Role and mechanisms of gene silencing and heterochromatin in lymphocyte development

Lead Research Organisation: Babraham Institute
Department Name: UNLISTED


For normal cell function, it is equally important to switch on and switch off the correct genes in the correct cells. We have discovered an important factor, Smarcad1, that switches of large parts of the genome in cells where this is necessary. In this project we will remove this factor in B and T cells which are the major cells that fight infection in the body. We will determine what role this factor plays in helping these cells to perform their specialized functions, in particular which genes are switched off by Smarcad1.


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Description The packaging of the genome, referred to as chromatin, is central to genome regulation. This occurs in part by packing the genome tightly (called heterochromatin) or unpacking the genome. Smarcad1 is a chromatin remodeling factor for which we have shown a role in heterochromatin maintenance through replication in cells in culture (Rowbotham et al., Mol Cell 2011). The task of this grant was to explore, if this factor has this role in immune cells, primarilly B and T cells (important immune cells of adaptive immunity), including during their development. We analyzed the role of Smarcad1 in B and T cell development in bone marrow and also B and T cell populations in the spleen using conditional knockout animals (where this factor is deleted in the T and B cells early on during their development). We also explored the role of this factor in generating mature immunoglobulins in a process called somatic hypermutation. We did not find a clear effect of Smarcad1 deletion in B and T cell development or somatic hypermutation. However, we found that this factor has a role in the maintenance of a specific set of T cells in the intestinal epithelium, intraepithelial lymphocytes. These cells are thought to have an important role in intestinal immunity by providing a first layer of defense. The exploration of the role of Smarcad1 in iIELs is ongoing. However, we widened the analysis and explore the role of Smarcad1 in intestinal immunity both in the iIELs and also the cells that make up the majority of the epithelium. Indeed, we find that in intestinal epithelium cells Smarcad1 is involved in the regulation of many factors acting in immunity, such as anti-bacterial peptides, This work led to a funded grant application from the MRC and this, in turn, resulted in a publication that shows that Smarcad1 is required for the colitis response in mouse (Kazakevych et al., Genome Biology, 2020, in press). In summary, our work shows (1) a role of Smarcad1 in intestinal immunity, and (2) demonstrates that this occurs, at least in part, through its role in gene regulation. Furthermore, this work ultimately led us to explore the role of microbioal products, so called short chain fatty acids (SCFAs), generated by their digestion of plant fibres, in the regulatin of chromatin and gene expression. This work showed that SCFAs affect genome function through their impact on a recently identified modification of chromatin called histone crotonylation. This work is now published (Fellows et al., Nat Comms. 2018).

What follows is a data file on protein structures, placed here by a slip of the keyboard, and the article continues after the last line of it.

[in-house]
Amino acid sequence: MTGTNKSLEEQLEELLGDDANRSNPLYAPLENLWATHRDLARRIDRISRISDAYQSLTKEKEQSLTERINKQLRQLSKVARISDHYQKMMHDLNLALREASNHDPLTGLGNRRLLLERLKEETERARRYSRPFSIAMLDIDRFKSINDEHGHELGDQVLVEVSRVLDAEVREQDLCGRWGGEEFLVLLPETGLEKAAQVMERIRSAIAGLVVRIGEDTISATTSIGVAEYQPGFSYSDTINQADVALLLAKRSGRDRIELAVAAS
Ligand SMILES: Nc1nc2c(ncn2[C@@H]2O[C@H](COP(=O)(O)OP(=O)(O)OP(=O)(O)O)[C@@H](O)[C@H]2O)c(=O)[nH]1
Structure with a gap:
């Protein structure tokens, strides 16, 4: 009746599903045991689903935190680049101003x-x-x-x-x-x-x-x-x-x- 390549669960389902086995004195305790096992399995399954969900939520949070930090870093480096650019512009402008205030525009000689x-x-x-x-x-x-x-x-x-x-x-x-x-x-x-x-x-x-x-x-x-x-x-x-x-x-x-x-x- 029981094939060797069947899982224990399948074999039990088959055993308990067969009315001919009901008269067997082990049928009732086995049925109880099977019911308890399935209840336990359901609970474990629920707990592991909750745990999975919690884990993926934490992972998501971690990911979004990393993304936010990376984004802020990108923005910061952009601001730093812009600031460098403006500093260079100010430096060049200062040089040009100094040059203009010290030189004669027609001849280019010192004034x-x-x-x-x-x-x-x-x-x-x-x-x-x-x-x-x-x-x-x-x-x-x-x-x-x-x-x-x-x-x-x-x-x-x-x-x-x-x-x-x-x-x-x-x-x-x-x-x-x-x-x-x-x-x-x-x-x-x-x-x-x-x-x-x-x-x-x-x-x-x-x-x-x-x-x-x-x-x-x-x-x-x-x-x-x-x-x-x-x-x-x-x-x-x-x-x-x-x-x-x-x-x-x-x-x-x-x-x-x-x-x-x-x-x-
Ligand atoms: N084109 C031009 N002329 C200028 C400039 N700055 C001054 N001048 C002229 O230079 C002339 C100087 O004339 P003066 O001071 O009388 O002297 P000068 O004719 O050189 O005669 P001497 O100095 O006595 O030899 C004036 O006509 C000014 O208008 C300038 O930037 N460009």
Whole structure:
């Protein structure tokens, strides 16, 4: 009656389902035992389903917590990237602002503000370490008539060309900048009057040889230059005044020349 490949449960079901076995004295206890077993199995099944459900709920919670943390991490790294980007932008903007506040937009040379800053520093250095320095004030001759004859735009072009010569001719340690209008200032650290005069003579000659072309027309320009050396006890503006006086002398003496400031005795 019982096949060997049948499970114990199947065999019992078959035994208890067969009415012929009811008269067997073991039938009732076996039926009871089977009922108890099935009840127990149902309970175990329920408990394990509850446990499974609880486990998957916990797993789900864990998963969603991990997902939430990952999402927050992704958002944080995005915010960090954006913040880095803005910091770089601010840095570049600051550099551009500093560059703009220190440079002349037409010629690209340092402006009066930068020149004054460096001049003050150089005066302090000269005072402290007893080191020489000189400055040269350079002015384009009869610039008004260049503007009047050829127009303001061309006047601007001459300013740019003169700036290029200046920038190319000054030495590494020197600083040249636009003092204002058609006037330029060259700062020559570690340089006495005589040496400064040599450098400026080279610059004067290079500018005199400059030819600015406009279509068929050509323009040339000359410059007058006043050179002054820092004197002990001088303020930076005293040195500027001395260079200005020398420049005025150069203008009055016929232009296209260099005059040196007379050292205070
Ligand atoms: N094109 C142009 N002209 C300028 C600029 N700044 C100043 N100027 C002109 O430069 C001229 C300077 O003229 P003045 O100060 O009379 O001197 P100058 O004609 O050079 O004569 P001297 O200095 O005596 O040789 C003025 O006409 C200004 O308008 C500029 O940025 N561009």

Exploitation Route Our work will illuminate mechanisms of intestinal health and immunity. Our findings, in the long run, may help in science based decisions concerning healthy nutrition advice. We identified candidate colitogenic bacteria (Kazakevych et al, genome Biology 2020) and this may lead to novel approaches to treat diseases such as inflammatory bowel diseases, e.g. Crohn's disease, ulcerative colitis. Furthermore, by studying molecules involved in intestinal immunity and health, we may provide new rationals for drug targets and design.
Sectors Agriculture, Food and Drink,Healthcare,Pharmaceuticals and Medical Biotechnology

Description This work led to further, published studies on the role of bacterially derived short chain fatty acids in genome regulation. Our published work (Fellows et al. Nat Comms, 2018) raised some attention in the media, e.g. a radio interview of the PhD student Rachel Fellows at BBC3 Cambridgeshire, comments in online media etc. Thus, our work contributed to the awareness of the wider public on the gut microbiota and its effect on health.
First Year Of Impact 2018
Sector Healthcare,Pharmaceuticals and Medical Biotechnology
Impact Types Societal

Description BBSRC-Brazil Partnering Award
Amount £76,021 (GBP)
Funding ID BB/L026988/1